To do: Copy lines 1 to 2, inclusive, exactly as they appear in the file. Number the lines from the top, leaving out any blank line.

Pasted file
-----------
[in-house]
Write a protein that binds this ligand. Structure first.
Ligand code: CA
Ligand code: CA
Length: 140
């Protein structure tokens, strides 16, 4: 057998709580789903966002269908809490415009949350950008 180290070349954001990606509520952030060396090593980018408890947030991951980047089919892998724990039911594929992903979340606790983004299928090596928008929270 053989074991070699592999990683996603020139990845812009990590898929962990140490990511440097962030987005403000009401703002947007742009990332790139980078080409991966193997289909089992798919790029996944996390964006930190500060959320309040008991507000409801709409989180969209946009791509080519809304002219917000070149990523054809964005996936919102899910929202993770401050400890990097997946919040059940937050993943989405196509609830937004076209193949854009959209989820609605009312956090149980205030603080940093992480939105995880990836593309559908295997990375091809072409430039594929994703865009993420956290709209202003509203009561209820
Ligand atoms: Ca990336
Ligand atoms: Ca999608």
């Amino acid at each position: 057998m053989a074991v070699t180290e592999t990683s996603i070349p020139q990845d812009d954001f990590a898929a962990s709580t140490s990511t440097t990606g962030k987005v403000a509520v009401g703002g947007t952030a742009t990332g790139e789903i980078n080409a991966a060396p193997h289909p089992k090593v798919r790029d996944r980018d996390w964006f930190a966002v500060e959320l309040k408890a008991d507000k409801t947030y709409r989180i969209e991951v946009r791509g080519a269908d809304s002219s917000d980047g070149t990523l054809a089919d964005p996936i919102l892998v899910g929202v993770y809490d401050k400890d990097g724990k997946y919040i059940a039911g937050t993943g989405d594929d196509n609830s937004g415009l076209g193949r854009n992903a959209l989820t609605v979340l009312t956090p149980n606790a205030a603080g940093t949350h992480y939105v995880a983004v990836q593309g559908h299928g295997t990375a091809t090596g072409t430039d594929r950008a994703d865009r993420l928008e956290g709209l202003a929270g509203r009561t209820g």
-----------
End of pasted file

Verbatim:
[in-house]
Write a protein that binds this ligand. Structure first.